Use this URL to cite or link to this record in EThOS: https://ethos.bl.uk/OrderDetails.do?uin=uk.bl.ethos.441706
Title: Presentation and management of systemic lupus erythematosus in the United Kingdom using the General Practice Research Database
Author: Nightingale, Alison Louise
Awarding Body: University of Surrey
Current Institution: University of Surrey
Date of Award: 2006
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Abstract:
Background: Systemic lupus erythematosus (SLE) is a chronic inflammatory autoimmune disease. It has protean clinical manifestations making it difficult to diagnose. This thesis is an investigation of the utility of the General Practice Research Database (GPRD) for the study of SLE epidemiology and management. Methods: A number of studies have been conducted to describe the epidemiology of SLE in the UK between 1992 and 1998 as well as a case-control study of its presentation and a descriptive analysis of its management. Results: Cases of SLE can be identified from the GPRD population based on a diagnosis of SLE with evidence of treatment in hospital and/or long term therapy consistent with SLE. Incidence was 3.8/100,000/year and highest in women aged 30-69 years, challenging the traditional description of SLE as a disease of "women of childbearing age". Prevalence increased from 1992 to 1998 which was an artefact resulting from the relapsing-remitting nature of this disease. The SMR for SLE was 1.83. Women aged 20-29 had a 17-fold risk of death compared with the general population. SLE patients had more musculoskeletal and cutaneous symptoms than individuals in the general population for five years before diagnosis. A model has been developed that might be useful for the earlier recognition of SLE. Management of SLE was consistent with previous studies other than the use of combined oral contraceptives, which did not change following diagnosis as would be expected from the prescribing guidelines. Conclusions: The GPRD is more reliable for the identification of incident than prevalent cases of SLE. SLE remains a disease that is difficult to diagnose in primary care; general practitioners should be made more aware of the insidious onset of SLE and its frequency in women of peri- and postmenopausal age.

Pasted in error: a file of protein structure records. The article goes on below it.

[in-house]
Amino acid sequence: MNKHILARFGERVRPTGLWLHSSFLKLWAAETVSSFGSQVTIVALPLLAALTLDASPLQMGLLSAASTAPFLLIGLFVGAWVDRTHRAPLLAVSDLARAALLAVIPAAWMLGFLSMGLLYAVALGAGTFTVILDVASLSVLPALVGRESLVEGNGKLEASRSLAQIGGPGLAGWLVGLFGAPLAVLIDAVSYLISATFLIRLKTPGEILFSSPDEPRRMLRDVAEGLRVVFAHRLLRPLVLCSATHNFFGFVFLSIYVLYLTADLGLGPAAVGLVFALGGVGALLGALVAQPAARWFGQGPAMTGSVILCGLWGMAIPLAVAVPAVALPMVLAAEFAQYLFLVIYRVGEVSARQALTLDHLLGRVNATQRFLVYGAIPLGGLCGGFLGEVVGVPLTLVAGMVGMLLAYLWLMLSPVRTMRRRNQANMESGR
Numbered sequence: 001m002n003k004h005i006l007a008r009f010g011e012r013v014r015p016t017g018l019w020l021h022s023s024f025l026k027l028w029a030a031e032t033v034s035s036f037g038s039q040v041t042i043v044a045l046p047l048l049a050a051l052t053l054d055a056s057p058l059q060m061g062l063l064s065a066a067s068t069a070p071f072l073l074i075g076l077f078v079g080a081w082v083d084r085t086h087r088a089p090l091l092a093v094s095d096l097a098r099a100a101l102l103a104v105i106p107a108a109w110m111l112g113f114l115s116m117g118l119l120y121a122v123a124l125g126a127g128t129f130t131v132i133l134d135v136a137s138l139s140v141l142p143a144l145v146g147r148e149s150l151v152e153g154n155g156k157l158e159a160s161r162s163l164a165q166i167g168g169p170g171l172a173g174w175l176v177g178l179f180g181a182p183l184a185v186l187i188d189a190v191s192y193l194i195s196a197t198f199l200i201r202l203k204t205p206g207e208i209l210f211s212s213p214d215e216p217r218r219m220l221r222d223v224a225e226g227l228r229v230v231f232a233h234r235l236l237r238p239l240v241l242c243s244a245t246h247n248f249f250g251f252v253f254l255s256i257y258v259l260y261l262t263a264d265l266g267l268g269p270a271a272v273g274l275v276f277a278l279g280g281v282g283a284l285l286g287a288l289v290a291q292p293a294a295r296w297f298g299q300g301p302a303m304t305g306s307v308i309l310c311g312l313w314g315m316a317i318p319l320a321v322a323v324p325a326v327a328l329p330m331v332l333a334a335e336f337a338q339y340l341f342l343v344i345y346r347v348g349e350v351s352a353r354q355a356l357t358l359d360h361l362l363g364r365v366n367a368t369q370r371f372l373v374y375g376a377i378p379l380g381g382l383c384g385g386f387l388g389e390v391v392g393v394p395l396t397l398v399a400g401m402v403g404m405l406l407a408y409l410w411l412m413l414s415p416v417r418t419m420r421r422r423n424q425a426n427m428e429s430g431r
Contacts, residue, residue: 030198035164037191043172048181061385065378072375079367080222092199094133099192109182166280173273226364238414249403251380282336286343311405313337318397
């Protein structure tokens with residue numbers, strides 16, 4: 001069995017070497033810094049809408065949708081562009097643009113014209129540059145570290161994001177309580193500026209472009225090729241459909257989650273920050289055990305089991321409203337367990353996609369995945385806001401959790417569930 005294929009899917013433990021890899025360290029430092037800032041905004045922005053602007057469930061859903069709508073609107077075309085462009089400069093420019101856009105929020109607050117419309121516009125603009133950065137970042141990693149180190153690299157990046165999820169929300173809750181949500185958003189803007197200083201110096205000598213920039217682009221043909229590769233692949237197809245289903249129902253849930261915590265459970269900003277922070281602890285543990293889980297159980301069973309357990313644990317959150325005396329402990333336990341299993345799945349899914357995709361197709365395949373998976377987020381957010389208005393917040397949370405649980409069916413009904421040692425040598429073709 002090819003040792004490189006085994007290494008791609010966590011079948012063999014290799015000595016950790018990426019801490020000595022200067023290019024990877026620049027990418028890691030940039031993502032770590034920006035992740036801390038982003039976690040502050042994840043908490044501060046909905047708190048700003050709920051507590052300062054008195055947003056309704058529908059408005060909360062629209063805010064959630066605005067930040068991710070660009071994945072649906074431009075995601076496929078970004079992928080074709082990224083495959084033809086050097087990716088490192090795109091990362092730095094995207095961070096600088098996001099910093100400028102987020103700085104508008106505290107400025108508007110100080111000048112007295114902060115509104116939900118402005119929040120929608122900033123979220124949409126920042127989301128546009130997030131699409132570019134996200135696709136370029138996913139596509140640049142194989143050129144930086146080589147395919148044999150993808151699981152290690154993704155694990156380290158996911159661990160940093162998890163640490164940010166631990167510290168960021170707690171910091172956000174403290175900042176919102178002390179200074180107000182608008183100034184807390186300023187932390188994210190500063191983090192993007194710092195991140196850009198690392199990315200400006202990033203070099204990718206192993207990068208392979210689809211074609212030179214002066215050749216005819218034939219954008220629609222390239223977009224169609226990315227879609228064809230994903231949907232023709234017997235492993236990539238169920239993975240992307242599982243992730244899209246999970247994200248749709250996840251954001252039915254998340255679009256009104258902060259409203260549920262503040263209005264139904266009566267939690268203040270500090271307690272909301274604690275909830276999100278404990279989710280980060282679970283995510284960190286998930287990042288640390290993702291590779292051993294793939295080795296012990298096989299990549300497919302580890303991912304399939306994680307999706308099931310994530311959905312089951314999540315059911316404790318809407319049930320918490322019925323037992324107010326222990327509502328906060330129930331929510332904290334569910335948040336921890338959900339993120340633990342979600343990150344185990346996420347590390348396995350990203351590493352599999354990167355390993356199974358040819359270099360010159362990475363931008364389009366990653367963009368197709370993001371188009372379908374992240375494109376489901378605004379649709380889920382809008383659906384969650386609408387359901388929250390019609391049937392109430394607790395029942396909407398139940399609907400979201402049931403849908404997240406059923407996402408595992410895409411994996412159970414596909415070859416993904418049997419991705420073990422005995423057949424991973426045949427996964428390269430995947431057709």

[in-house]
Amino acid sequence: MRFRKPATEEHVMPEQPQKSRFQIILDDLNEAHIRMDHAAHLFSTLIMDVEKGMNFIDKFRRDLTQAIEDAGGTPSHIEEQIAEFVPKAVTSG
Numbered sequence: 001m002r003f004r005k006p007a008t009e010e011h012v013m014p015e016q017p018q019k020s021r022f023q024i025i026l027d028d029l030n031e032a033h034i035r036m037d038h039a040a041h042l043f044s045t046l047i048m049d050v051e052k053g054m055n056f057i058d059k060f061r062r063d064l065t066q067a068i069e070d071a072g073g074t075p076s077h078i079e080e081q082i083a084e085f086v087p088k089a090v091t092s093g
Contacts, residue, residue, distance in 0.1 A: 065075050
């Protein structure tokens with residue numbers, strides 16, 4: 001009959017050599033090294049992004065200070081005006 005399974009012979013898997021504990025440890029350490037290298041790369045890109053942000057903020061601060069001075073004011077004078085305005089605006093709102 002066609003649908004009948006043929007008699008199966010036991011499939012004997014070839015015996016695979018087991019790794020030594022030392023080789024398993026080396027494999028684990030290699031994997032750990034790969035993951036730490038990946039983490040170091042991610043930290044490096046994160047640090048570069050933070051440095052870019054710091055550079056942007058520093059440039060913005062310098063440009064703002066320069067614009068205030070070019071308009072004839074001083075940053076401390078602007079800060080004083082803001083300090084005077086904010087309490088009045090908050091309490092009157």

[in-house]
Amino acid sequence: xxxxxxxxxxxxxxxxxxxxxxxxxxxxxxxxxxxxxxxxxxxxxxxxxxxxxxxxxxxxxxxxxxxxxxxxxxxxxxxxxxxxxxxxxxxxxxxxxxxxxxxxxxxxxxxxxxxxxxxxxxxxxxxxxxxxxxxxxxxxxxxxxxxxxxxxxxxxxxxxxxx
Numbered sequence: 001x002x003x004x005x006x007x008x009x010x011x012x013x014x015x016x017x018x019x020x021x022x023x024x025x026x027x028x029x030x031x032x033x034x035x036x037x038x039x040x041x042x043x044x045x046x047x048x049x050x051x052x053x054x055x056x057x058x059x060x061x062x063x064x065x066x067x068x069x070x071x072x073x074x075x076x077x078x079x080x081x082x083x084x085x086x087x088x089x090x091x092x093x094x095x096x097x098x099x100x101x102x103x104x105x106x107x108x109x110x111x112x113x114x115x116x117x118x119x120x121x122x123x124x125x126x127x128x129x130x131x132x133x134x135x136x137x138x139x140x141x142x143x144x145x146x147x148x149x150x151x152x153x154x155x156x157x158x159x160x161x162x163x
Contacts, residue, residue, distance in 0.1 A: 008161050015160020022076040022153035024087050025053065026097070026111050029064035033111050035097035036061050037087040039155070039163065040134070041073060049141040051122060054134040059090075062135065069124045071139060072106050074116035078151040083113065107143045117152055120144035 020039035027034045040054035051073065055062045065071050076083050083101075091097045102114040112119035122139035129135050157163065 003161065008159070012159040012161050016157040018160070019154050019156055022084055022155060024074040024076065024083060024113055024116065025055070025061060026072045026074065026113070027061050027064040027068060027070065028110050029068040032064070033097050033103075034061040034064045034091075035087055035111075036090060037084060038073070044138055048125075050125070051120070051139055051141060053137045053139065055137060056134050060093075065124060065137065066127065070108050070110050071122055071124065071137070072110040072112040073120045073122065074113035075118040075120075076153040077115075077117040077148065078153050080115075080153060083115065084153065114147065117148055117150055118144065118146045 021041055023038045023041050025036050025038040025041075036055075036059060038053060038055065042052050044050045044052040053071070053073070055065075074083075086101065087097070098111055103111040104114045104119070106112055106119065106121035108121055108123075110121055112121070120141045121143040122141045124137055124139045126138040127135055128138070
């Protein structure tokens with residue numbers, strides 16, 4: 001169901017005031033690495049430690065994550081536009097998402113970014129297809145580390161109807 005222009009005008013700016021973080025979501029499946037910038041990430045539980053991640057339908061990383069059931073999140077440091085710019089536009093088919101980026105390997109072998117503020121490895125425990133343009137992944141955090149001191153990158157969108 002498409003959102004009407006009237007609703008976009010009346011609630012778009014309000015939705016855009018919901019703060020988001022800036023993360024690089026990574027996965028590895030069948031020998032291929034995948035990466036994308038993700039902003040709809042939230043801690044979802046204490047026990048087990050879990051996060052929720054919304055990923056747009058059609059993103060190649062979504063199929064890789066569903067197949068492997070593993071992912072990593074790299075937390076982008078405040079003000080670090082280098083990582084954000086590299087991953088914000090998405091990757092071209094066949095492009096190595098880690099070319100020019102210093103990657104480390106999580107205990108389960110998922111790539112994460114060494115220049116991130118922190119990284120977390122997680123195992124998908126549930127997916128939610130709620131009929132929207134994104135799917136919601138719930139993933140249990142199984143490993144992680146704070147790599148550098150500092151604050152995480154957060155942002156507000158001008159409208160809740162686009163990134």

Supervisor: Not available Sponsor: Not available
Qualification Name: Thesis (Ph.D.) Qualification Level: Doctoral
EThOS ID: uk.bl.ethos.441706  DOI: Not available
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